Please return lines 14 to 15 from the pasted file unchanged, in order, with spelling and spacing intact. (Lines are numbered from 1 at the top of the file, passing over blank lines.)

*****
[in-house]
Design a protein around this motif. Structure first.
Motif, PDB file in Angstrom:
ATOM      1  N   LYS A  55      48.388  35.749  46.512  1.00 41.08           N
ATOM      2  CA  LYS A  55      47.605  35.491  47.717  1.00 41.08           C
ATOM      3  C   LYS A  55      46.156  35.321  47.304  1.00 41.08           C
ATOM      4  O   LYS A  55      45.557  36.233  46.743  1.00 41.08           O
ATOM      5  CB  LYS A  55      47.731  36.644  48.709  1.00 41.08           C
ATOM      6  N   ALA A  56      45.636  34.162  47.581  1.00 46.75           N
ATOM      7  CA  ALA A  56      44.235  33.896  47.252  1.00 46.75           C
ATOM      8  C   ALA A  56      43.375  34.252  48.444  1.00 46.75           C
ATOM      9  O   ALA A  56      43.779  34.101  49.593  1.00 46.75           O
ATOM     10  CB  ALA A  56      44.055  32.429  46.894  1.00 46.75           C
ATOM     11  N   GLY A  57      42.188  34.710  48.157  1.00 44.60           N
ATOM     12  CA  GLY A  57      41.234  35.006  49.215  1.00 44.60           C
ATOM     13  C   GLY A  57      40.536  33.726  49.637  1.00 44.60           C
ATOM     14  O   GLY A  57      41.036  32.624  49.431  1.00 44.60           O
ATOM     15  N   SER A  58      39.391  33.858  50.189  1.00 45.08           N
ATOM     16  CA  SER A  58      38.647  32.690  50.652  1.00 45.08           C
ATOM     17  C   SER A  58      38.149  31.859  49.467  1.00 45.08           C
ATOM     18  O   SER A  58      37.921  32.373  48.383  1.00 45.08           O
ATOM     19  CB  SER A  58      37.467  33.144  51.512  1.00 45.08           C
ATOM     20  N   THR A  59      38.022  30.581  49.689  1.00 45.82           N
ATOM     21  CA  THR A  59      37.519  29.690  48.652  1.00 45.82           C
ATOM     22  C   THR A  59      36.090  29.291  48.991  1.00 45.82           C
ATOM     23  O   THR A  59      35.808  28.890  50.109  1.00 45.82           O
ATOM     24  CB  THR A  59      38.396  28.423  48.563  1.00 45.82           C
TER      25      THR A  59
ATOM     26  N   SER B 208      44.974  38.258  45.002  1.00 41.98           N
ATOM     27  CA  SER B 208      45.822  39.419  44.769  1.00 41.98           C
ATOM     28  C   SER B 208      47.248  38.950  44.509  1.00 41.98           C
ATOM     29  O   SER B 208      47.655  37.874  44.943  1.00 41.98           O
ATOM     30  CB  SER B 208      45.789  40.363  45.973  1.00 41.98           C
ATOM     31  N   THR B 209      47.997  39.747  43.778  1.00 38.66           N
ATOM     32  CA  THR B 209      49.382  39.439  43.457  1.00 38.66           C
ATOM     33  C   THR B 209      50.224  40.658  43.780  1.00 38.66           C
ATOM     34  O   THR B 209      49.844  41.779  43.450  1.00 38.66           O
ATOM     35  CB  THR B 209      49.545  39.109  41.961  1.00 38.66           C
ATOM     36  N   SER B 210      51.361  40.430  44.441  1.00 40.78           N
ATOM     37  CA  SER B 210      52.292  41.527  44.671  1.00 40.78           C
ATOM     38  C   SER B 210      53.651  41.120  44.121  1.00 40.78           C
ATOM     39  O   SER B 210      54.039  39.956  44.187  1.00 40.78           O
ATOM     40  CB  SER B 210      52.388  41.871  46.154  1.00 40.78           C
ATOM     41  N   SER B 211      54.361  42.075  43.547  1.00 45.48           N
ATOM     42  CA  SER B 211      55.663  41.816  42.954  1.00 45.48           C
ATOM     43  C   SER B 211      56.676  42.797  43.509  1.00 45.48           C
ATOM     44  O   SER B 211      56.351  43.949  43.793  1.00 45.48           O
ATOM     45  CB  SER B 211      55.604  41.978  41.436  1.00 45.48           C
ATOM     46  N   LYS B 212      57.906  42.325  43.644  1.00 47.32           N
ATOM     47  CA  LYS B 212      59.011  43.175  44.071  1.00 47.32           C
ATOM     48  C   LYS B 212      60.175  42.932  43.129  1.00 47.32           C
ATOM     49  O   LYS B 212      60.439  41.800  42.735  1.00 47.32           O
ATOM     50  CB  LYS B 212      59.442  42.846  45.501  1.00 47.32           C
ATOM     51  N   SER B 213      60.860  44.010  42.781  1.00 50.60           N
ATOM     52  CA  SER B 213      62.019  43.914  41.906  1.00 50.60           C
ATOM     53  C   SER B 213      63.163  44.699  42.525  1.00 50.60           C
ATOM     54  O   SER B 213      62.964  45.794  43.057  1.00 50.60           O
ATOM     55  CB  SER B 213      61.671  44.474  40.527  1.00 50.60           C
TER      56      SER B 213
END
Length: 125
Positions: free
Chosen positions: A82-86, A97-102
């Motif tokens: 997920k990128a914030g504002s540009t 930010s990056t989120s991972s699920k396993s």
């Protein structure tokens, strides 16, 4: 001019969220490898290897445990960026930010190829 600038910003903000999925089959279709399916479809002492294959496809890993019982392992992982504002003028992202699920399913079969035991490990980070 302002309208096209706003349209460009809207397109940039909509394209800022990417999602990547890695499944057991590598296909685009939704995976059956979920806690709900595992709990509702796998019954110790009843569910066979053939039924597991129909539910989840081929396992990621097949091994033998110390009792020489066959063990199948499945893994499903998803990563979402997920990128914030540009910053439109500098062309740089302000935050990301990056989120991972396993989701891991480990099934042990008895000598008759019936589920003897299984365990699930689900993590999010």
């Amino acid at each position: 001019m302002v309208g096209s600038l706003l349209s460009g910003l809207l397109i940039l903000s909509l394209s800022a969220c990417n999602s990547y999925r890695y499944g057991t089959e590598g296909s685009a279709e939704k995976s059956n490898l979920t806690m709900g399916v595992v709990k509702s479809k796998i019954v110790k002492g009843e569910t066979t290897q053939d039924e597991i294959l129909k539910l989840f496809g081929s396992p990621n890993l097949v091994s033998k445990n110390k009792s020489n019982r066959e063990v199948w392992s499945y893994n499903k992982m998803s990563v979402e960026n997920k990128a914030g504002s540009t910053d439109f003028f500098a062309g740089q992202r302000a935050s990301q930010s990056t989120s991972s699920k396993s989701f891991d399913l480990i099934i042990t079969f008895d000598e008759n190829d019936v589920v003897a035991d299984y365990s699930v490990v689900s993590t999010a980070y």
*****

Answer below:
ATOM     11  N   GLY A  57      42.188  34.710  48.157  1.00 44.60           N
ATOM     12  CA  GLY A  57      41.234  35.006  49.215  1.00 44.60           C